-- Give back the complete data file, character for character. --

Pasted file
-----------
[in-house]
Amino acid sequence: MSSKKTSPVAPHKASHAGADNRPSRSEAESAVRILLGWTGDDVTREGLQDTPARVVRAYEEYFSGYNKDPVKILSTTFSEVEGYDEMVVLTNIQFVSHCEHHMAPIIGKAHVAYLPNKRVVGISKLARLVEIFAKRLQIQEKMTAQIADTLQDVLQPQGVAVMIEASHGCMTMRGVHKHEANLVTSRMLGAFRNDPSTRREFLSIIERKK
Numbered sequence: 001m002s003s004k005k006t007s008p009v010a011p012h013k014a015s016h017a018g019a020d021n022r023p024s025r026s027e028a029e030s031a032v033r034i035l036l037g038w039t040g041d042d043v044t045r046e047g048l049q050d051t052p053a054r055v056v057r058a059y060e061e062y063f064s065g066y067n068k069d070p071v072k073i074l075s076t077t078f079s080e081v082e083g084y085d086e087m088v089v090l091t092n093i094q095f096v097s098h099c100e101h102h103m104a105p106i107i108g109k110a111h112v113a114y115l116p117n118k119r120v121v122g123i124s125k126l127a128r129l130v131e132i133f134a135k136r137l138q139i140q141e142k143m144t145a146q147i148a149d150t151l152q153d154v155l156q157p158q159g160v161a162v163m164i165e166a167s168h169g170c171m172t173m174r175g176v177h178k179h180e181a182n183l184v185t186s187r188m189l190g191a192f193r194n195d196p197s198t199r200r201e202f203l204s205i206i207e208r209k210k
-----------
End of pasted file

[in-house]
Amino acid sequence: MSSKKTSPVAPHKASHAGADNRPSRSEAESAVRILLGWTGDDVTREGLQDTPARVVRAYEEYFSGYNKDPVKILSTTFSEVEGYDEMVVLTNIQFVSHCEHHMAPIIGKAHVAYLPNKRVVGISKLARLVEIFAKRLQIQEKMTAQIADTLQDVLQPQGVAVMIEASHGCMTMRGVHKHEANLVTSRMLGAFRNDPSTRREFLSIIERKK
Numbered sequence: 001m002s003s004k005k006t007s008p009v010a011p012h013k014a015s016h017a018g019a020d021n022r023p024s025r026s027e028a029e030s031a032v033r034i035l036l037g038w039t040g041d042d043v044t045r046e047g048l049q050d051t052p053a054r055v056v057r058a059y060e061e062y063f064s065g066y067n068k069d070p071v072k073i074l075s076t077t078f079s080e081v082e083g084y085d086e087m088v089v090l091t092n093i094q095f096v097s098h099c100e101h102h103m104a105p106i107i108g109k110a111h112v113a114y115l116p117n118k119r120v121v122g123i124s125k126l127a128r129l130v131e132i133f134a135k136r137l138q139i140q141e142k143m144t145a146q147i148a149d150t151l152q153d154v155l156q157p158q159g160v161a162v163m164i165e166a167s168h169g170c171m172t173m174r175g176v177h178k179h180e181a182n183l184v185t186s187r188m189l190g191a192f193r194n195d196p197s198t199r200r201e202f203l204s205i206i207e208r209k210k